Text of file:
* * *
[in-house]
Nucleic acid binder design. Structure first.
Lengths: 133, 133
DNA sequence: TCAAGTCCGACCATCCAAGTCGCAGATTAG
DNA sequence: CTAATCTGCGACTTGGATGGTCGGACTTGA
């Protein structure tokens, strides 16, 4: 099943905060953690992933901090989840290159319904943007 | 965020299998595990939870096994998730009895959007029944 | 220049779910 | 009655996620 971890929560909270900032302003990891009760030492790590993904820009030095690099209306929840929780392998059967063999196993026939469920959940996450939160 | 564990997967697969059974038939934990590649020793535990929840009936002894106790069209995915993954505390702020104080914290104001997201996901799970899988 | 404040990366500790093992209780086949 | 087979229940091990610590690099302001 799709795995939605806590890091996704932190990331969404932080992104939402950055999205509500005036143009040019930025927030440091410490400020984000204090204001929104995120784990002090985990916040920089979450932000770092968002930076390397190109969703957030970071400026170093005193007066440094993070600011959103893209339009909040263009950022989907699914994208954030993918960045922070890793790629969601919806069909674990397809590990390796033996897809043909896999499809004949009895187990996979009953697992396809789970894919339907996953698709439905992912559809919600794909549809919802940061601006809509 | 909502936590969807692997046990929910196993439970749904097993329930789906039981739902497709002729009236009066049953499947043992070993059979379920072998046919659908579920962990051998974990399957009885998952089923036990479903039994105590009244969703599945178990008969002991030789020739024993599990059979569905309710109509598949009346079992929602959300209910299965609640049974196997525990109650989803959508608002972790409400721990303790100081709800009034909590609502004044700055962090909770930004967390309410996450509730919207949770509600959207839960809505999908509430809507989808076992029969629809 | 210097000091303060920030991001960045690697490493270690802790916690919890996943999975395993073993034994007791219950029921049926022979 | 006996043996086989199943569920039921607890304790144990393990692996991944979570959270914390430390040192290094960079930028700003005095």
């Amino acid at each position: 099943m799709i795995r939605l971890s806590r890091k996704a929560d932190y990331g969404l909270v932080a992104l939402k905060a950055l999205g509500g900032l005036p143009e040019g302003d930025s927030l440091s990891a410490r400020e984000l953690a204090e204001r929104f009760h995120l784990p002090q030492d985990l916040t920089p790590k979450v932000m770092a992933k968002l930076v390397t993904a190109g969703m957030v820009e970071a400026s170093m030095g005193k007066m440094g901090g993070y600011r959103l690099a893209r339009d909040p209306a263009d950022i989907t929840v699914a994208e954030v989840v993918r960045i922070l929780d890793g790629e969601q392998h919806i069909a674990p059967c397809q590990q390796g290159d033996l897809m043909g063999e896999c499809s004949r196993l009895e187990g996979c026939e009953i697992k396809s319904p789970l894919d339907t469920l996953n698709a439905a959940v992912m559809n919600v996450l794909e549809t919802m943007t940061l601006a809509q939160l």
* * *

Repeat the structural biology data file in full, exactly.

[in-house]
Nucleic acid binder design. Structure first.
Lengths: 133, 133
DNA sequence: TCAAGTCCGACCATCCAAGTCGCAGATTAG
DNA sequence: CTAATCTGCGACTTGGATGGTCGGACTTGA
């Protein structure tokens, strides 16, 4: 099943905060953690992933901090989840290159319904943007 | 965020299998595990939870096994998730009895959007029944 | 220049779910 | 009655996620 971890929560909270900032302003990891009760030492790590993904820009030095690099209306929840929780392998059967063999196993026939469920959940996450939160 | 564990997967697969059974038939934990590649020793535990929840009936002894106790069209995915993954505390702020104080914290104001997201996901799970899988 | 404040990366500790093992209780086949 | 087979229940091990610590690099302001 799709795995939605806590890091996704932190990331969404932080992104939402950055999205509500005036143009040019930025927030440091410490400020984000204090204001929104995120784990002090985990916040920089979450932000770092968002930076390397190109969703957030970071400026170093005193007066440094993070600011959103893209339009909040263009950022989907699914994208954030993918960045922070890793790629969601919806069909674990397809590990390796033996897809043909896999499809004949009895187990996979009953697992396809789970894919339907996953698709439905992912559809919600794909549809919802940061601006809509 | 909502936590969807692997046990929910196993439970749904097993329930789906039981739902497709002729009236009066049953499947043992070993059979379920072998046919659908579920962990051998974990399957009885998952089923036990479903039994105590009244969703599945178990008969002991030789020739024993599990059979569905309710109509598949009346079992929602959300209910299965609640049974196997525990109650989803959508608002972790409400721990303790100081709800009034909590609502004044700055962090909770930004967390309410996450509730919207949770509600959207839960809505999908509430809507989808076992029969629809 | 210097000091303060920030991001960045690697490493270690802790916690919890996943999975395993073993034994007791219950029921049926022979 | 006996043996086989199943569920039921607890304790144990393990692996991944979570959270914390430390040192290094960079930028700003005095």
């Amino acid at each position: 099943m799709i795995r939605l971890s806590r890091k996704a929560d932190y990331g969404l909270v932080a992104l939402k905060a950055l999205g509500g900032l005036p143009e040019g302003d930025s927030l440091s990891a410490r400020e984000l953690a204090e204001r929104f009760h995120l784990p002090q030492d985990l916040t920089p790590k979450v932000m770092a992933k968002l930076v390397t993904a190109g969703m957030v820009e970071a400026s170093m030095g005193k007066m440094g901090g993070y600011r959103l690099a893209r339009d909040p209306a263009d950022i989907t929840v699914a994208e954030v989840v993918r960045i922070l929780d890793g790629e969601q392998h919806i069909a674990p059967c397809q590990q390796g290159d033996l897809m043909g063999e896999c499809s004949r196993l009895e187990g996979c026939e009953i697992k396809s319904p789970l894919d339907t469920l996953n698709a439905a959940v992912m559809n919600v996450l794909e549809t919802m943007t940061l601006a809509q939160l």